It is amusing to listen to the women in a Chinese home when a baby comes. If the child is a boy the parents are congratulated on every hand because of the "great happiness" that has come to their home. If it is a girl, and there are more girls than boys in the family, the old nurse goes about as if she had stolen it from somewhere, and when she is congratulated, if congratulated she happens to be, she says with a sigh and a funereal face, "Only a 'small happiness' -- but that isn't bad."

When a child is born it is considered one year old, and its years are reckoned not from its birthdays but from its New Year's days. If it has the good fortune to be born the day before two days old it is reckoned two years old being one year old when born and two years old on its first New Year's day.

The first great event in a child's life occurs when it is one month old. It is then given its first public reception. Its head is shaved amid kicking and screaming, its mother is up and around where she can receive the congratulations of her friends, its grandmother is the honored guest of the occasion, andthe baby is named.

All the relatives and friends are invited and every one is expected to take dinner with the child, and, which is more important, to bring presents. If the family is poor, this day puts into the treasury of life a day of happiness and a goodly amount of filthy lucre. If the family is rich the presents are correspondingly rich, for nowhere either in Orient or Occident can there be found a people more lavish and generous in their gifts than the Chinese. All the family can afford is spent upon the dinner given on this occasion, with the assurance that they will receive in presents and money more than double the expense both of the dinner and the birth of the child. If they do not "come" they are expected to "send" or they "lose face." Among the middle-class, the presents are of a useful nature, usually in the form of money, clothing or silver ornaments which are always worth their weight in bullion.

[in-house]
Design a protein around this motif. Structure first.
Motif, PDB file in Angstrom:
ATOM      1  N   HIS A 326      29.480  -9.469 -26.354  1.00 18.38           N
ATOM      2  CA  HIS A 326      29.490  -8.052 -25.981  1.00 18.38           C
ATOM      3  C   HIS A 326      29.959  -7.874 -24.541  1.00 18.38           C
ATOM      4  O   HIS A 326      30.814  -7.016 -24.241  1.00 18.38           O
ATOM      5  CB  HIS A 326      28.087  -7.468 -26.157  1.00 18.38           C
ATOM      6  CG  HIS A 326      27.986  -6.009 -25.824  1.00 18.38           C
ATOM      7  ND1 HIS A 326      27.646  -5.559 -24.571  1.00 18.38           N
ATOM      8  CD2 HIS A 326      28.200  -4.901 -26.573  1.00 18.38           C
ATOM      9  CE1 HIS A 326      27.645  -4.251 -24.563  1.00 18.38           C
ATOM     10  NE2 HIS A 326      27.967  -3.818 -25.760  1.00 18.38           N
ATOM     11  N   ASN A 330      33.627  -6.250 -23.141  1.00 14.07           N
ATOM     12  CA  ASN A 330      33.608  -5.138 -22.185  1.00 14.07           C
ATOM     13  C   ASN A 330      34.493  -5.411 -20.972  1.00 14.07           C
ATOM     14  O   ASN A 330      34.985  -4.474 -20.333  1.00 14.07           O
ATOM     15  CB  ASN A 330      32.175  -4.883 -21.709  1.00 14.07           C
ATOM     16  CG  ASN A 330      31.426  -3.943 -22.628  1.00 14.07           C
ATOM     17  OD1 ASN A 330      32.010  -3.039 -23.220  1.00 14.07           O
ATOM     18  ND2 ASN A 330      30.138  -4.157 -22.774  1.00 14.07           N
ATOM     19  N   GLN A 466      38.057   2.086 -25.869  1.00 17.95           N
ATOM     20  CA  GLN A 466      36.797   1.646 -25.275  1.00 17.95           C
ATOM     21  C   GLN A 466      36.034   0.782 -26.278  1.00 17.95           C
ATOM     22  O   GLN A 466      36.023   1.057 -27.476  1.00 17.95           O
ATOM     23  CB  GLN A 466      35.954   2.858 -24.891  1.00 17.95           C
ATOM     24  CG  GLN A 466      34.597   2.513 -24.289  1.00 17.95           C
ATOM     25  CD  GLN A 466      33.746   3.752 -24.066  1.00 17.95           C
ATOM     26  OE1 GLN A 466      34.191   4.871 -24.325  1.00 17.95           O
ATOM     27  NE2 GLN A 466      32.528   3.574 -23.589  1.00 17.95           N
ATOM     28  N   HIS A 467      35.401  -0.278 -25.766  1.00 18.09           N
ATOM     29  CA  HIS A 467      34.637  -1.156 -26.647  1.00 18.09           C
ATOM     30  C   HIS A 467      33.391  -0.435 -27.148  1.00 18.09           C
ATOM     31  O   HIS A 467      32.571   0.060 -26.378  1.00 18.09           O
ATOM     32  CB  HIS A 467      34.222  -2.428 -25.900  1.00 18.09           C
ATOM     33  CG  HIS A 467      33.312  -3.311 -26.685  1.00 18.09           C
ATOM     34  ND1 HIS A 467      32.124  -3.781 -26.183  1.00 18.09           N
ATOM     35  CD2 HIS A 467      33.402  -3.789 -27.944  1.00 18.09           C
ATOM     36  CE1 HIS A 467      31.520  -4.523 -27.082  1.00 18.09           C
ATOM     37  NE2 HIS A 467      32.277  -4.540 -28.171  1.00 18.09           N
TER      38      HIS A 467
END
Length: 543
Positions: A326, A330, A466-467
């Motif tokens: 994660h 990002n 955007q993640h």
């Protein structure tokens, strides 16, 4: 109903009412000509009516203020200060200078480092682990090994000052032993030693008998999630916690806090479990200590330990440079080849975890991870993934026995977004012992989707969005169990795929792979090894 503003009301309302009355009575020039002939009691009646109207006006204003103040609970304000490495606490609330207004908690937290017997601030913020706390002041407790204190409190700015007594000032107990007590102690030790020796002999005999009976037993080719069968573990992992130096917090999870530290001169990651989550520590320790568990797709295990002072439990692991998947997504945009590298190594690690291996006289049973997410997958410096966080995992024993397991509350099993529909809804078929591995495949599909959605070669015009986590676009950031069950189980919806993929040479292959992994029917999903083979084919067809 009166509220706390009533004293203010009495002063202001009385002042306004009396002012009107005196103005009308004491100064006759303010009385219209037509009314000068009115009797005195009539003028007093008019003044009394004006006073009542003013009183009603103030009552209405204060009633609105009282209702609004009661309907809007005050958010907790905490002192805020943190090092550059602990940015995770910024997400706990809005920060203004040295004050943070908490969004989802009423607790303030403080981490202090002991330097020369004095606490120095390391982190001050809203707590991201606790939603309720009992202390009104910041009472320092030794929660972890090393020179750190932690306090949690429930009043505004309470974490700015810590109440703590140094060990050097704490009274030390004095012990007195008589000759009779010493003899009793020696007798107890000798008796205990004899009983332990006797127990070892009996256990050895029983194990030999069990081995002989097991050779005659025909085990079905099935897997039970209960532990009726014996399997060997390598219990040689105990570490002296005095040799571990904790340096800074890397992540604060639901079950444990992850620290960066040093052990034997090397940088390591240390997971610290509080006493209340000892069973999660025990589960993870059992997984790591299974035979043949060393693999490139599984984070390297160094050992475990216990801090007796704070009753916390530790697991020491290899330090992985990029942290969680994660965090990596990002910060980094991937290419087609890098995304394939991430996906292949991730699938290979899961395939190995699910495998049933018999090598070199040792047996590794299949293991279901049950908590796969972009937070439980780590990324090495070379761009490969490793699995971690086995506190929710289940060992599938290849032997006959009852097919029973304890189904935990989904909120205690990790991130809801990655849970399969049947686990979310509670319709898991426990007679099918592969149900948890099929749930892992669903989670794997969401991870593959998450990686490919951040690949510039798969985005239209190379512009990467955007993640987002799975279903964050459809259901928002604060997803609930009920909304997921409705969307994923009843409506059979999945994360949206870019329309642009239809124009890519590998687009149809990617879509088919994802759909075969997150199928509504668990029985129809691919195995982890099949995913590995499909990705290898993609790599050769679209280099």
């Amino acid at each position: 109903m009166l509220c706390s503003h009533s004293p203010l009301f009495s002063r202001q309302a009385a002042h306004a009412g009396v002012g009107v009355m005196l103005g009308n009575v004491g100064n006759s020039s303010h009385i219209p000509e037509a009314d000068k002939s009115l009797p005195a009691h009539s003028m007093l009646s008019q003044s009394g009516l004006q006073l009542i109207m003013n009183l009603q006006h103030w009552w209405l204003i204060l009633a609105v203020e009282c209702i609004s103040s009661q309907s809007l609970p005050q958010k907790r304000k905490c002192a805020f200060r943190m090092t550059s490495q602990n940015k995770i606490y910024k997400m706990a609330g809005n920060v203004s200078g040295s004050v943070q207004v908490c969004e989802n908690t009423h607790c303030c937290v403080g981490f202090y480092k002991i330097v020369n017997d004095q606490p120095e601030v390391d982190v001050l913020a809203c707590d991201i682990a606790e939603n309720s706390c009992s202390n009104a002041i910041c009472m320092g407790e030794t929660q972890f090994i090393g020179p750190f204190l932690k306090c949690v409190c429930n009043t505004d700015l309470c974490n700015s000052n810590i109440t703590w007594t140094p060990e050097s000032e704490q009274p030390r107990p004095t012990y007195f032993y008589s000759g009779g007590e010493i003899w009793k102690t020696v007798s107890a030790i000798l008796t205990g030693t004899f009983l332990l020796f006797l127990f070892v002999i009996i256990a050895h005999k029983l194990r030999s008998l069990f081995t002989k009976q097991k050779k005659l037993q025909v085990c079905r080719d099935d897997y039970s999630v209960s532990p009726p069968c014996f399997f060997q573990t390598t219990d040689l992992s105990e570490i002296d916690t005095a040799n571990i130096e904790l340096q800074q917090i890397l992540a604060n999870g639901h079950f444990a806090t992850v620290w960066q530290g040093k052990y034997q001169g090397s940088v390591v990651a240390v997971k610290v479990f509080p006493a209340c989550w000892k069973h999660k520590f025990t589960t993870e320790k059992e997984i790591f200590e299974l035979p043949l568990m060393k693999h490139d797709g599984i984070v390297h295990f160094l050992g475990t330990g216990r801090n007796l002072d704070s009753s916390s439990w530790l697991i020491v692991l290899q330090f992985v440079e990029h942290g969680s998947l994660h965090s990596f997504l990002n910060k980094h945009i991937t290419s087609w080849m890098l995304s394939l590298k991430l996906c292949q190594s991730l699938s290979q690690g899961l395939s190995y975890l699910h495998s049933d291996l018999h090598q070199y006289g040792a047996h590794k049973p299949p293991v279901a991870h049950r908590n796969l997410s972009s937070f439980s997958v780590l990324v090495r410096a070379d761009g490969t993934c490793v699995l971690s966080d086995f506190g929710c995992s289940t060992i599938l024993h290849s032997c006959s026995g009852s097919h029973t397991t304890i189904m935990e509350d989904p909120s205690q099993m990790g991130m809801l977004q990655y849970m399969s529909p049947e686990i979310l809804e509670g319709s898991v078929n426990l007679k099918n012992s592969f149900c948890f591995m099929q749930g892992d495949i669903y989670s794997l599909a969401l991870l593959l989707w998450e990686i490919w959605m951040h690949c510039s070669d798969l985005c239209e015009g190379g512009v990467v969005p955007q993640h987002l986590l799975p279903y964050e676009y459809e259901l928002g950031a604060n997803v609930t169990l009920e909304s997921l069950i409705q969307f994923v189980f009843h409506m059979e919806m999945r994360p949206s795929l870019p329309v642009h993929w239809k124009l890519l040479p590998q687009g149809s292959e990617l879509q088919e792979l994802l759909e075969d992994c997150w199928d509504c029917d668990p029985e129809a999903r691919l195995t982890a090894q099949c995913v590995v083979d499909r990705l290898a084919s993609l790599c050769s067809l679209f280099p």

The name given the child is called its "milk" name until the boy enters school. Whether boy or girl it may answer a good part of its life to the place it occupies in the family whether first, second or third.

If a girl she may be compelled to answer to "Little Slave," and if a boy to "Baldhead." But the names usually given indicate the place or time of birth, the hope of the parent for the child, or exhibit the parent's love of beauty or euphony.

A friend who was educated in a school situated in Filial Piety Lane and who afterwards lived near Filial Piety Gate called his first son "Two Filials." Another friend had sons whose names were "Have a Man," "Have a Mountain," "Have a Garden," "Have a Fish." In conversation with this friend about the son whose "milk" name was "Have a Man," I constantly spoke of the boy by his "school" name, the only name by which I knew him. The old man was perfectly blank -- he knew not of whom I spoke, as he had not seen his son since he got his school name. Finally, as it began to dawn on him that I was talking of his son, he asked:

"Whom are you talking about?"

"Your son."

"Oh, you mean 'Have a Man.' "

This same man had a little girl called "Apple," not an ordinary apple, but the most luscious apple known to North China. I have as I write a list of names commonly applied to girls from which I select the following: Beautiful Autumn, Charming Flower, Jade Pure, Lucky Pearl, Precious Harp, Covet Spring; and the parent's way of speaking of his little girl, when not wishing to be self-depreciative, is to call her his "Thousand ounces of gold."

The names given to boys are quite as humiliating or as elevating as those given to girls. He may be Number One, Two or Three, Pig, Dog or Flea, or he may be like Wu T'ing Fang a "Fragrant Palace," or like Li Hung Chang, an "Illustrious Bird" or "Learned Treatise."

During the summer-time in North China the child goes almost if not completely naked. Until it is five years old, its wardrobe consists largely of a chest-protector and a pair of shoes. In the winter-time its trousers are quilted, with feet attached, its coat made in the same way, and it is anything but "clean and sweet." The odor is not unlike that of an up-stairs back room in a narrow alley at Five Points, in which dwell a whole family of emigrants.